thing as a horizontal profile, as we shall see.
Here are a few examples:
this square
1 2
---->---- is made of two
| | | |
| | profiles | |
^ v ^ + v
| | | |
| | | |
up down
this triangle
P2 1 2
|\ is made of two | \
^ | \ \ | \
| | \ \ profiles | \ |
| | \ v ^ | \ |
| \ | | + \ v
| \ | | \
P1 ---___ \ ---___ \
---_\ ---_ \
<--__ P3 up down
A more general contour can be made of more than two profiles:
__ ^
/ | / ___ / |
/ | / | / | / |
| | / / => | v / /
| | | | | | ^ |
^ | |___| | | ^ + | + | + v
| | | v | |
| | | up |
|___________| | down |
<-- up down
Successive profiles are always joined by horizontal segments
that are not part of the profiles themselves.
For the rasterizer, a profile is simply an *array* that
associates one horizontal *pixel* coordinate to each bitmap
*scanline* crossed by the contour's section containing the
profile. Note that profiles are *oriented* up or down along the
glyph's original flow orientation.
In other graphics libraries, profiles are also called `edges' or
c. The Render Pool
FreeType has been designed to be able to run well on _very_
light systems, including embedded systems with very few memory.
A render pool will be allocated once; the rasterizer uses this
pool for all its needs by managing this memory directly in it.
The algorithms that are used for profile computation make it
possible to use the pool as a simple growing heap. This means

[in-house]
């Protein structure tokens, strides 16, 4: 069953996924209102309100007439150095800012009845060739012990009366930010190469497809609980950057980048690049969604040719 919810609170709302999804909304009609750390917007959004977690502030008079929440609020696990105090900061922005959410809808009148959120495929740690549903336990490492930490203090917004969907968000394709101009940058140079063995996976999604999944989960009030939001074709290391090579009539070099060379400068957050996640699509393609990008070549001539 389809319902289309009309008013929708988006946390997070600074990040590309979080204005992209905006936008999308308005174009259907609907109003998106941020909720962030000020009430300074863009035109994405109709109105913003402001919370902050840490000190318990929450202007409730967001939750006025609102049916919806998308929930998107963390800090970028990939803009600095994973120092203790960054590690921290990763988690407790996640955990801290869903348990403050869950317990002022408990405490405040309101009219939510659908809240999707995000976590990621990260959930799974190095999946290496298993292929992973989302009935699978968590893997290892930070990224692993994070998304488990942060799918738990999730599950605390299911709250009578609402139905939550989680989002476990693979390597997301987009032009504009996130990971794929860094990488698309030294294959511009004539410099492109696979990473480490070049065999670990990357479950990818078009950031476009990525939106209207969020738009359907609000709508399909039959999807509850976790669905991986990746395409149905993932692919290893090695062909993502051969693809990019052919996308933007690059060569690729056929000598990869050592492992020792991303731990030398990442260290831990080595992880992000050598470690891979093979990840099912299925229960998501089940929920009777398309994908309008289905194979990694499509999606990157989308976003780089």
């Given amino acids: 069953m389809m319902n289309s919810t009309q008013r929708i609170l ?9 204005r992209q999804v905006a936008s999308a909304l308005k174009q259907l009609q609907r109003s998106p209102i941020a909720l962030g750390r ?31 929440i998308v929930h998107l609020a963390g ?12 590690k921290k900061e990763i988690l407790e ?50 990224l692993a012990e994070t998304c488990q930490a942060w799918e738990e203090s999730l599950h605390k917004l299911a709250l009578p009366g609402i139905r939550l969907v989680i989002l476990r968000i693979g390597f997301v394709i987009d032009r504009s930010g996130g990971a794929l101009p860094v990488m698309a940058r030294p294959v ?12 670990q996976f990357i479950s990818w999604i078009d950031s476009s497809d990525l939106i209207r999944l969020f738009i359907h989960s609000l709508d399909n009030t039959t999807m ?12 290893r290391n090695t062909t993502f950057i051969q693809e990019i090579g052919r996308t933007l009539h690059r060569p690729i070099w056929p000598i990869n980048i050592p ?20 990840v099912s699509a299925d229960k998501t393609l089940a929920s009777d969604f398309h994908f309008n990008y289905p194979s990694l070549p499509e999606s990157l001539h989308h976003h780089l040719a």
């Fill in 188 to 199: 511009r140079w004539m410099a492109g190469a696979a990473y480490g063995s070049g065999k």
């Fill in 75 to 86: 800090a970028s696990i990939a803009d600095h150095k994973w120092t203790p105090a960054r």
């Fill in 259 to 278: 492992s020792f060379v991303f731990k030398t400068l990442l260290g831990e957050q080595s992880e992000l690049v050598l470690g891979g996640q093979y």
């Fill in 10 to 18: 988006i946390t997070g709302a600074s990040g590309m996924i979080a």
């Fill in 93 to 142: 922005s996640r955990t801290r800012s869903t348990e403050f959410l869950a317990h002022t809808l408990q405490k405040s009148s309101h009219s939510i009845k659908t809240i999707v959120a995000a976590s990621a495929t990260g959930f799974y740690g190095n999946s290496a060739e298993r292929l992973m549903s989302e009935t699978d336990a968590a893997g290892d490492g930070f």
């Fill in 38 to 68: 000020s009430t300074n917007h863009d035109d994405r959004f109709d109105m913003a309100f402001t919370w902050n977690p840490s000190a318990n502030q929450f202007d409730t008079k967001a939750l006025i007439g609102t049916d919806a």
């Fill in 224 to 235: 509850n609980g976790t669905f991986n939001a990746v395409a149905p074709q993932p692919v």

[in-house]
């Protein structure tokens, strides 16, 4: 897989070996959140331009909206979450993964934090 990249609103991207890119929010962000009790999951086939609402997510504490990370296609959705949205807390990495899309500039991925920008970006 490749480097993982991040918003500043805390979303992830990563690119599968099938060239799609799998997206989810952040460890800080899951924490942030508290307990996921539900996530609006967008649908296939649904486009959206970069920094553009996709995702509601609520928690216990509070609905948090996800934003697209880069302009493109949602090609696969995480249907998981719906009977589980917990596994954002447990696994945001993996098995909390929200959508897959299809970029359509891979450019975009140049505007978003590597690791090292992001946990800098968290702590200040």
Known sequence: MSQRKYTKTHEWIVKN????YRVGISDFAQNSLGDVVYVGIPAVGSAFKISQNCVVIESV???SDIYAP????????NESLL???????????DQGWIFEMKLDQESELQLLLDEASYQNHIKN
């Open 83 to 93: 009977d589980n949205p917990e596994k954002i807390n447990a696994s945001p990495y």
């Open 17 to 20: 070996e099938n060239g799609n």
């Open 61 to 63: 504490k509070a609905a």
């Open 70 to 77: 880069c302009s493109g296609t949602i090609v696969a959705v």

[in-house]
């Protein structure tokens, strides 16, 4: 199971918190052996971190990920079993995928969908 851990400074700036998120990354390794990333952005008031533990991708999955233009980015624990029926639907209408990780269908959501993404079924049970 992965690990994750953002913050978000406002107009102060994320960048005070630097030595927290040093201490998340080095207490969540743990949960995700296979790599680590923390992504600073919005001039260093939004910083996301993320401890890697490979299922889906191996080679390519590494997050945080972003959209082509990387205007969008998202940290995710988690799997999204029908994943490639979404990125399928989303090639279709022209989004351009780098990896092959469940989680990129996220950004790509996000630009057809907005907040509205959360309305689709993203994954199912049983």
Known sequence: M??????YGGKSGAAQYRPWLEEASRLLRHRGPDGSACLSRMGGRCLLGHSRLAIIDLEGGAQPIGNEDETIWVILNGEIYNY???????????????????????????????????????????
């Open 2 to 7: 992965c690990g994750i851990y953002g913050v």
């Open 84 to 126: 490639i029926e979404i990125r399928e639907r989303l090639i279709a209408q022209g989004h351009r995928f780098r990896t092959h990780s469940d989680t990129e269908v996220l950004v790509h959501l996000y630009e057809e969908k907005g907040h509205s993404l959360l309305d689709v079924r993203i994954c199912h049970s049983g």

that this memory management is actually quite easy and faster
than any kind of malloc()/free() combination.
Moreover, we'll see later that the rasterizer is able, when
dealing with profiles too large and numerous to lie all at once
in the render pool, to immediately decompose recursively the
rendering process into independent sub-tasks, each taking less
memory to be performed (see `sub-banding' below).
The render pool doesn't need to be large. A 4KByte pool is
enough for nearly all renditions, though nearly 100% slower than
a more comfortable 16KByte or 32KByte pool (that was tested with
complex glyphs at sizes over 500 pixels).
d. Computing Profiles Extents
Remember that a profile is an array, associating a _scanline_ to
the x pixel coordinate of its intersection with a contour.
Though it's not exactly how the FreeType rasterizer works, it is
convenient to think that we need a profile's height before
allocating it in the pool and computing its coordinates.
The profile's height is the number of scanlines crossed by the
y-monotonic section of a contour. We thus need to compute these
sections from the vectorial description. In order to do that,
we are obliged to compute all (local and global) y extrema of
the glyph (minima and maxima).
P2 For instance, this triangle has only
two y-extrema, which are simply
| \ P2.y as a vertical maximum
| \ P3.y as a vertical minimum
| \
| \ P1.y is not a vertical extremum (though
| \ it is a horizontal minimum, which we
P1 ---___ \ don't need).
Note that the extrema are expressed in pixel units, not in
scanlines. The triangle's height is certainly (P3.y-P2.y+1)
pixel units, but its profiles' heights are computed in
scanlines. The exact conversion is simple:
- min scanline = FLOOR ( min y )
- max scanline = CEILING( max y )